Although we noted a similar frequency of CD3+CD20+ T cells in the blood of untreated MS patients, OND patients and healthy controls (Fig. 4), we observed a strong response of this T cell population to disease modifying treatments (Fig. 5). We analyzed the effect of natalizumab, alemtuzumab, dimethyl fumarate and fingolimod on blood cells of MS patients in a cross-sectional study in comparison with untreated MS patients. We analyzed both the absolute number (Fig. 5A) and the percentage of CD3+CD20+ T cells compared with all lymphocytes (Fig. 5B). Natalizumab increased the absolute number of CD20 expressing T cells, while alemtuzumab, fingolimod, and dimethyl fumarate decreased it (Fig. 5A). In addition, natalizumab also increased the relative frequency of CD3+CD20+ T cells compared with all lymphocytes (Fig. 5B).
Rituximab depleted CD3+CD20+ T cells in peripheral blood (Fig. 6). We went on to compare the recovery of CD3+CD20+ T cells in comparison with CD19+CD20+ B cells after rituximab treatment. For this part of the study, we used both MS and NMOSD patients. CD20-expressing T cells replenished earlier and in higher frequencies than B cells. Although in untreated patients CD20+ B cells were more frequent in blood than CD20+ T cells, this ratio inverted in the recovery phase (Fig. 6). Detailed replenishment kinetics of 8 patients revealed an earlier appearance and higher frequency of CD20+ T cells in comparison with CD19+CD20+ B cells following a course of rituximab (Supplemental Fig. 3). Three of these eight patients (Supplemental Fig. 3B, 3D, 3E) had relapses 4–8 mo after the last rituximab infusion, at a time when there were more CD3+CD20+ T cells than B cells in the blood. In one of these patients (Supplemental Fig. 3D), a relapse occurred when CD20-expressing T cells had reached 4% of all lymphocytes, whereas CD20+ B cells were hardly detectable in blood.
This study shows that human CD20-expressing T cells pervade primary and secondary lymphatic tissues, blood, and cerebrospinal fluid. CD3+CD20+ T cells produce more readily the cytokines IL-4, IL-17, TNF-α, and IFN-γ than CD3+CD20− T cells and respond to immunomodulatory drugs.
Our analysis demonstrates a CD3+CD20+ population comprising 3–5% of all lymphocytes in human blood, corroborating previous reports (11, 13). This cell population is a T cell subset because these cells transcribe CD3 at a similar level as conventional T cells and lack surface molecules found on B cells such as CD19, CD40, and HLA-DR. All this justifies to call this population CD20 expressing T cells. This CD20-expressing T cell subset is clearly distinct from a recently described population of CD3-expressing B cells that were reported to be an artifact based on storing conditions (12) for the following reasons: first, the CD20-expressing T cells described in this article display T cell markers, not markers typically found on B cells such as CD19, CD40, and HLA-DR; second, they transcribe both CD3 and CD20; and third, this population is seen in direct ex vivo analyses without prior storage.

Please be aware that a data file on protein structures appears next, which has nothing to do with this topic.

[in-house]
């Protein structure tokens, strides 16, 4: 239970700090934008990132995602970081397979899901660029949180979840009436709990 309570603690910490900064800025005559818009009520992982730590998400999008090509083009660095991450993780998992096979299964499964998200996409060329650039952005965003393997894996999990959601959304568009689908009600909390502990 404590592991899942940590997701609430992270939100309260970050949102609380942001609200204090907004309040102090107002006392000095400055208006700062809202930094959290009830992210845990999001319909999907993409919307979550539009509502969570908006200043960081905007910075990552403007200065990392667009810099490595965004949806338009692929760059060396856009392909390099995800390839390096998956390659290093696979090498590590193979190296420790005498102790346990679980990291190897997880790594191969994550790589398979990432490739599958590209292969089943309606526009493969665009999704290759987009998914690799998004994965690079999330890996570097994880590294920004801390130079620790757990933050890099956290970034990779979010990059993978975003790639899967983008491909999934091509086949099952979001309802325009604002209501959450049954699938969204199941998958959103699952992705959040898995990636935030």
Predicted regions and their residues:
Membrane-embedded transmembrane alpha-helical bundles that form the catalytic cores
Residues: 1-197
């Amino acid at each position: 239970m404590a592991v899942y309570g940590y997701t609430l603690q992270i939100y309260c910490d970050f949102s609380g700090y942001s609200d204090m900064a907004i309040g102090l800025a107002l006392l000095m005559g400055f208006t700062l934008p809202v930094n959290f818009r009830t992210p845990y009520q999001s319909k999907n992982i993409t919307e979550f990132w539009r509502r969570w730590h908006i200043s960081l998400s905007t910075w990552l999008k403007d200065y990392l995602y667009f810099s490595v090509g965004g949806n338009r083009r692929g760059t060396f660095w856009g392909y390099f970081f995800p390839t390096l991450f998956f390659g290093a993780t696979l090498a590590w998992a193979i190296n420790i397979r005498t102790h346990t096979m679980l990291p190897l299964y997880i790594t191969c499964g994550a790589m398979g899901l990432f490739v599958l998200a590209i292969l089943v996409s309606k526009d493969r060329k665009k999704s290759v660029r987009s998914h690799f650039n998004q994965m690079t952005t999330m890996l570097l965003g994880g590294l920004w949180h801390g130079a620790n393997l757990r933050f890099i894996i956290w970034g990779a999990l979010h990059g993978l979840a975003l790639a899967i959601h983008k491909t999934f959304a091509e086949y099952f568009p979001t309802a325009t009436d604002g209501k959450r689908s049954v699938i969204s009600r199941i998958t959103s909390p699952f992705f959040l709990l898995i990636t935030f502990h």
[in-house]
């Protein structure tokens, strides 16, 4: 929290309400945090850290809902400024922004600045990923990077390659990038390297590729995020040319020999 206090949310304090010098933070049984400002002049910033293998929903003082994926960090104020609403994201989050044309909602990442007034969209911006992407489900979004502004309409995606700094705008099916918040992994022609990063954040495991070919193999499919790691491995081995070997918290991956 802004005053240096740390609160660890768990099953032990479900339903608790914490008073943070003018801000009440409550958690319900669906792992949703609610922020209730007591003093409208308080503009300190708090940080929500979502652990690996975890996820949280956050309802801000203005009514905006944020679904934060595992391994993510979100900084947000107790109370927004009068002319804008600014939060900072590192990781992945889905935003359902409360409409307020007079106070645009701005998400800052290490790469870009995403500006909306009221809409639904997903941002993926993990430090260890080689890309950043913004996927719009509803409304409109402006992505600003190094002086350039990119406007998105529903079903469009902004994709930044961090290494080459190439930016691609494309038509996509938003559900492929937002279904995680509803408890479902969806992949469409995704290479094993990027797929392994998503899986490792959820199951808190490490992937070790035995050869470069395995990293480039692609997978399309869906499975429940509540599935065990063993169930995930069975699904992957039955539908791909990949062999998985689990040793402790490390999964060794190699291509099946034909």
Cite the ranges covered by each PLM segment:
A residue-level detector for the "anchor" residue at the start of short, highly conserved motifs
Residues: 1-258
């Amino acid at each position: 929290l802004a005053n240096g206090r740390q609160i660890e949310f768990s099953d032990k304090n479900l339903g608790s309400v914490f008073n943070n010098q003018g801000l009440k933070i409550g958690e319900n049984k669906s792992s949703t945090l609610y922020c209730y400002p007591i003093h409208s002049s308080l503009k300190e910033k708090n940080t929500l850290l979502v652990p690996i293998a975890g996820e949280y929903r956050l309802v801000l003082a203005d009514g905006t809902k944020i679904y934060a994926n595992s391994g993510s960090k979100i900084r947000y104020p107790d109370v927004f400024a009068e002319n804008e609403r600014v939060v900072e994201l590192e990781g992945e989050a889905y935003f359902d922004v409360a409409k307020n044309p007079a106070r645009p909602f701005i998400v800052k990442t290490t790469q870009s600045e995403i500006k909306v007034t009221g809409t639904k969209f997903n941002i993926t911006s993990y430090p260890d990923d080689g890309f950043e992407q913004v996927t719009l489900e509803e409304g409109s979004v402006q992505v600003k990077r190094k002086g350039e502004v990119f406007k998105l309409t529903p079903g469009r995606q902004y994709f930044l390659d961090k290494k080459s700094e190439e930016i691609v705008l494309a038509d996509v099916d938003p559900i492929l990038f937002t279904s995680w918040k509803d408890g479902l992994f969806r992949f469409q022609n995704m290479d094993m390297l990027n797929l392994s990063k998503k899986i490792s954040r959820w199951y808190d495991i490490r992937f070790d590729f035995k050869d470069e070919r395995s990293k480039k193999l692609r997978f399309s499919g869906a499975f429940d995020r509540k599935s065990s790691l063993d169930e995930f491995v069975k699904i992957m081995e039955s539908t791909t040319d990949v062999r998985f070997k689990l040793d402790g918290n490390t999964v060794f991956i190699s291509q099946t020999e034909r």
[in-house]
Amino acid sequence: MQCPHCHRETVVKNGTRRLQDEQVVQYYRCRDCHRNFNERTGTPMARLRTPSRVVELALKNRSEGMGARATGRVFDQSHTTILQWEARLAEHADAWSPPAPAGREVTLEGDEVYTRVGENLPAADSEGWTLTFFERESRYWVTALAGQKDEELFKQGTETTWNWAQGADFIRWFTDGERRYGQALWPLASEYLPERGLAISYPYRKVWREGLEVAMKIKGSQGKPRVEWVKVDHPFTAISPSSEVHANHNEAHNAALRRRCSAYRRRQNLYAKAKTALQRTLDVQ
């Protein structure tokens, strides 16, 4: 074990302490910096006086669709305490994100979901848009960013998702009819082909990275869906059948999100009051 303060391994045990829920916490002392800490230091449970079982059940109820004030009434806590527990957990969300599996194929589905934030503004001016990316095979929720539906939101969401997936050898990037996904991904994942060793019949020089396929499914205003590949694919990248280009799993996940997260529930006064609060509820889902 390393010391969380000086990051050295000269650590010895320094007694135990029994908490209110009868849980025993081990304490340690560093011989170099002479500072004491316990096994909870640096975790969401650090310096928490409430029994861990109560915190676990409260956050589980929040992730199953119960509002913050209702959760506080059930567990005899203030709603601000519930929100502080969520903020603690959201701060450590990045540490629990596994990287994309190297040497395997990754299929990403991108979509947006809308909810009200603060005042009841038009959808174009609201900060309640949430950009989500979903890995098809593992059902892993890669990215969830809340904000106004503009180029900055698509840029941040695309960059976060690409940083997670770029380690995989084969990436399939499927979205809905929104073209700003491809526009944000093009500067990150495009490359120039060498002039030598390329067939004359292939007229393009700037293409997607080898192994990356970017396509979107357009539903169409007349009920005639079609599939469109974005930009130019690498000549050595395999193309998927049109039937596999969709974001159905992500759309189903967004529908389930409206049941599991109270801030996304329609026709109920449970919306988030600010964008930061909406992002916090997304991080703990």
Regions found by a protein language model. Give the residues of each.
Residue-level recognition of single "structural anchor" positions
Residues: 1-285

An intercellular transfer of cell surface proteins from APCs to T cells may follow TCR triggering, a process called trogocytosis (14). In vitro, T cells may acquire CD20 from B cells within minutes (15). Thus, in theory, the CD3+CD20+ T cells present in human blood could display CD20 because of trogocytosis or because these T cells transcribe it themselves. To address this issue, we have sorted CD3+CD20+ T cells directly from blood and determined the transcription of CD20. We found that—in contrast to conventional T cells—this T cell subset transcribes CD20, consistent with recent data (11). We also found that these CD3+CD20+ T cells do not display HLA-DR, which is commonly transferred to T cells during trogocytosis (16). Also, other molecules typically found on B cells such as CD19, HLA-DR, and CD40 were absent on CD3+CD20+ T cells. The presence of CD20 transcripts together with the absence of HLA-DR implies that CD20+ T cells present in human blood produce CD20 themselves.
The transcript level of CD20 was lower in CD3+CD20+ T cells than in B cells, further reflected by the lower level of surface expression of CD20 in this T cell subset as compared with B cells. The lower surface expression of CD20 in CD3+CD20+ T cells compared with B cells explains why detection of CD20 on this T cell subset can only be achieved with a high-affinity anti-CD20 mAb (such as the mAb 2H7 as we show in this article). This may partly explain conflicting reports about the existence of CD3+CD20+ T cells.